Why Ontology?

“If we only knew what we know, namely, in the use of certain words and concepts that are so subtle in application, we would be astonished at the treasures contained in our knowledge.”                  Immanuel Kant, Vienna Logic.

My interest in Ontology might be traverse to that of other people, being mainly motivated by psychology: the question I ask is – might the idea that the mind operates with an ontology help us to understand how the mind does the sorts of things that we know it does do? Other people come to Ontology from Philosophy, asking something like – what are the basic categories of reality? – or from Computer Science, asking something like – what is the best way to organize information?

To steal from Giuseppina D’Oro’s book on Collingwood, my approach is “Kantian … in so far as it seeks to uncover not the ultimate structure of reality but the presuppositions which govern our experience of the world.”

Ontology can mean many things – sometimes it seems almost synonymous with metaphysics. Here, my main interest in ontology is focused on the viability of the categories, sometimes called top-level categories, or ontological categories.

I will sketch my route via concerns with psychology to an interest in ontology.

The mind accomplishes remarkable things, and it seems to do this with recourse to generalization. A way of looking at this, is that it identifies patterns. At least one of the jobs of the mind is pattern identification.

Generalization and the identification of patterns – The mind sees similarities between different things, and then, either implicitly or explicitly, identifies certain sections of its sensory flux as being the same, and being a concept. (or, if you like, the identification of regularities IS conceptualization.)

We now have the idea that “concepts” might help us to understand the mind. It might next be useful to see whether concepts could be differentiated from each other by whether they fall into different broad categories.

It seems that they might – language often treats object concepts, e.g. “cow”, differently from property concepts, e.g. “brown”, so language might indicate a way of breaking down concepts into different categories; objects correspond to nouns, and properties correspond to adjectives. Other categories, for example relation, state, process and event, can fall under consideration in the same way.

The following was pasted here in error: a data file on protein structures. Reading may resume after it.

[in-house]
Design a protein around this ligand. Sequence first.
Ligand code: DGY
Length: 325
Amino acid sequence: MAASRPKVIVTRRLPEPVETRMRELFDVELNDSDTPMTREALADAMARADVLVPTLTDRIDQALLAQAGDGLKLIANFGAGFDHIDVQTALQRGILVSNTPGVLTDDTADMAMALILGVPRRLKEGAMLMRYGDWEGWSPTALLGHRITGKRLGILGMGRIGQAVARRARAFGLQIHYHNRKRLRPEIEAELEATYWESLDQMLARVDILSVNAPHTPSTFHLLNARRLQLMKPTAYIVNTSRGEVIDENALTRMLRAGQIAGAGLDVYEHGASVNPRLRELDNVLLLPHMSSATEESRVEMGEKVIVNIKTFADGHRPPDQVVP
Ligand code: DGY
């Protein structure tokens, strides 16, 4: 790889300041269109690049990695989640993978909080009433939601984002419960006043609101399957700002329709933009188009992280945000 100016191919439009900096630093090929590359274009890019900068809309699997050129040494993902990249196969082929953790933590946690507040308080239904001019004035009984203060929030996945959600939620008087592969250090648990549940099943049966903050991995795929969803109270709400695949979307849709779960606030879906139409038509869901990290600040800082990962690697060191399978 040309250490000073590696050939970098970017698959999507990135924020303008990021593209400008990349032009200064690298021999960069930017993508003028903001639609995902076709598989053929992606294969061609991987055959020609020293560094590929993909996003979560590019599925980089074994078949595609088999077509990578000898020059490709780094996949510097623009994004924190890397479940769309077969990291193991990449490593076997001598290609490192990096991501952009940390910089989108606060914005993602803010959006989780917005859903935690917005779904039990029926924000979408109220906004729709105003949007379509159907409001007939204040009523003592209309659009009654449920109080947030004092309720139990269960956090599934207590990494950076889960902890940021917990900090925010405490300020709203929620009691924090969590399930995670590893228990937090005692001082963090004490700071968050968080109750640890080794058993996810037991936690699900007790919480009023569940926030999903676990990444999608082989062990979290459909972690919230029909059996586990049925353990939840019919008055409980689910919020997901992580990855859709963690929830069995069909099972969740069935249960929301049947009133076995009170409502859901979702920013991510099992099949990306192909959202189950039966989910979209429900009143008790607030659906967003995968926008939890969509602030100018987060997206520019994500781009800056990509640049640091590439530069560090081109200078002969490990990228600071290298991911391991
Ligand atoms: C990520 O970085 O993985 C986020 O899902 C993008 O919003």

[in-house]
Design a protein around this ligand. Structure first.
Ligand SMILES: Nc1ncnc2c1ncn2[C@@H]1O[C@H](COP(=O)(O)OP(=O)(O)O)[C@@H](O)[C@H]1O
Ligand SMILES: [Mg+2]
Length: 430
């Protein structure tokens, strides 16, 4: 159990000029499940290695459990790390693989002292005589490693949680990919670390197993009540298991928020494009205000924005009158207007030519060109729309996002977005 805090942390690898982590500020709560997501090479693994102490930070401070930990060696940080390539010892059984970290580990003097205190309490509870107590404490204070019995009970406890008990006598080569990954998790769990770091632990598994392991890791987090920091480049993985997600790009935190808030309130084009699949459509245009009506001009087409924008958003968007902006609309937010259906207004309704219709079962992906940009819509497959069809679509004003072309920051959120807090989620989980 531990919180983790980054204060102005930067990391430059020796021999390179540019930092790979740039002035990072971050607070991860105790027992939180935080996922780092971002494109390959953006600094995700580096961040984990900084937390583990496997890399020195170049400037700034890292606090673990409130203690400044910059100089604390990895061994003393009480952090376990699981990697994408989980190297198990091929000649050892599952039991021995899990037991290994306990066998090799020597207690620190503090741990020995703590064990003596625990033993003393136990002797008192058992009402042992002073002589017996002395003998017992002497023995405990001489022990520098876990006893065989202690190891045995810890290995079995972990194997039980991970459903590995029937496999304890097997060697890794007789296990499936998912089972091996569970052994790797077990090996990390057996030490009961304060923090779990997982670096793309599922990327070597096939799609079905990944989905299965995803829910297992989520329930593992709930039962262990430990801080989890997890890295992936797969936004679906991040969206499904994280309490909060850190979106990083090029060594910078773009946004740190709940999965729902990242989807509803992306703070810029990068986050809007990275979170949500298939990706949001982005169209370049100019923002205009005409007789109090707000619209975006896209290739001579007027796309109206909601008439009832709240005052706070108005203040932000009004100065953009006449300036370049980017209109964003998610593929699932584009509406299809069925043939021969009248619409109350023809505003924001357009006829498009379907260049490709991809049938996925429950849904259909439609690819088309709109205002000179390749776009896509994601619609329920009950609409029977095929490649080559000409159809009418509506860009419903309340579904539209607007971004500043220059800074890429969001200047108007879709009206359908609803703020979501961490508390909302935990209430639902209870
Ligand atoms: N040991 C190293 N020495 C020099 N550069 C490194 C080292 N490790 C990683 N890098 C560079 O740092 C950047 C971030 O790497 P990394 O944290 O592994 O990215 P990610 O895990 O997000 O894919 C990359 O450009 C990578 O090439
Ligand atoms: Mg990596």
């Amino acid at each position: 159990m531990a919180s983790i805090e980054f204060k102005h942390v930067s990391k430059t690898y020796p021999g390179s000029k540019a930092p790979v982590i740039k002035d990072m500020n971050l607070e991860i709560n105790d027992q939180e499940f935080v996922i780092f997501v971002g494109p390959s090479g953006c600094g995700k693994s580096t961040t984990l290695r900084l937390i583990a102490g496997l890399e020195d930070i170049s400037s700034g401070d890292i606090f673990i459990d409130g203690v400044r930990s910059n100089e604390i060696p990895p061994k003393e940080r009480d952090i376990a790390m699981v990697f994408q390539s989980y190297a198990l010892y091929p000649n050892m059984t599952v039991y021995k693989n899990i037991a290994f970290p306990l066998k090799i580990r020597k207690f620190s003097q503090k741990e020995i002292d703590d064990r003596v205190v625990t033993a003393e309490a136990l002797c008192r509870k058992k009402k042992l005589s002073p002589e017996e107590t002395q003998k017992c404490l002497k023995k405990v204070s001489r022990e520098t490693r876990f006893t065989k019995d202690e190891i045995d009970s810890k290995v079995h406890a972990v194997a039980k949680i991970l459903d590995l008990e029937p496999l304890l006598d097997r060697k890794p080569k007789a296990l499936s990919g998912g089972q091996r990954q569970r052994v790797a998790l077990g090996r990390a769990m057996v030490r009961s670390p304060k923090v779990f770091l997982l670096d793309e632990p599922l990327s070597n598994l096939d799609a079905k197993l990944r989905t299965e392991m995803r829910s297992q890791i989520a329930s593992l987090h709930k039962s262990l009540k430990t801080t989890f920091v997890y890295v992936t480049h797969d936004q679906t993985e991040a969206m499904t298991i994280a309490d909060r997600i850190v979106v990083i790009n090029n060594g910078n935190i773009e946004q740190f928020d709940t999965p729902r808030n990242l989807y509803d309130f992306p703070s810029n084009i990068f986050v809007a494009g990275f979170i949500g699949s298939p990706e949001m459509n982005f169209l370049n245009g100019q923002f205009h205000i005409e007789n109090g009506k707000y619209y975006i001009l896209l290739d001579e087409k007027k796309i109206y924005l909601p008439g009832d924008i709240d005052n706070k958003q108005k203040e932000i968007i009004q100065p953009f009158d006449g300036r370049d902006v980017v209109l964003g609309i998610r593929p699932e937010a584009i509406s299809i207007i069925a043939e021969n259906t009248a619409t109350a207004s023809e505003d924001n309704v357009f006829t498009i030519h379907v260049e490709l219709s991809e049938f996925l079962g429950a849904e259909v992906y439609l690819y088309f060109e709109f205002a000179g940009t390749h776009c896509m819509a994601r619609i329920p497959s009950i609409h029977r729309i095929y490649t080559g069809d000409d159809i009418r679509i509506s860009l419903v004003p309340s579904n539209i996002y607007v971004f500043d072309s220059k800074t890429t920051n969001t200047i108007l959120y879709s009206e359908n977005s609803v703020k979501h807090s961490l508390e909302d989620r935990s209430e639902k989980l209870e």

Another approach is to analyse, logically, the different categories of concept that there may be. Aristotle and Kant are the foremost traditional thinkers on this, and contemporary thinkers such as Barry Smith and John Sowa are taking the field forward today. It may look a bit too a priori for some, but if held to account by real-world knowledge engineering, it might provide us with useful insights.

Included in this, it might give me and people with similar interests an insight into how the brain does the mind. None of this proves that the mind has an ontology, but indicates that ontology might help us to understand how the mind does its job.

It is possible that Ontology is a wild goose chase for understanding the higher levels of the organization of the mind, but I’m yet to read anything which convincingly argues that it is likely to be so; it seems best to pursue all avenues of inquiry into the nature of our minds.

To put the argument presented here assertively –

1) The mind uses concepts.

2) Concepts can be differentiated from each other, and articulated with each other, by the use of something like the Categories.


NOTE: The linguistic approach is fraught with dangers – for example, it is all too easy to think of noun phrases as corresponding to concrete objects, but this is often not the case. It is salutary in this regard to look down a list of most-used words in English, and to note how far down that list you have to go before you reach a genuinely concrete common noun. Similar considerations apply to other parts of speech – not all verbs are really actions, and so on. Nevertheless, the syntax / semantics interface affords insights if properly checked and treated with due caution.

Upper-Level Ontology

The above diagram (click on it for higher resolution) is my own interpretation of the Basic Formal Ontology, developed by Barry Smith et al. The website of the project is at –


Of the upper-level ontologies on offer, it’s the one which, for me, so far, makes the most sense. I recommend a glance, as it shows what contemporary work on Ontology looks like. Note, however, that Smith et al do not regard their project as psychologistic, so do not present their categories as pointing to concepts, but rather directly realist, referring to reality.

UPDATE: I was advised by Barry Smith to use singular terms for entities, so I have updated the diagram accordingly.

About David Ruaune

My main interests are philosophy, psychology and semiotics.
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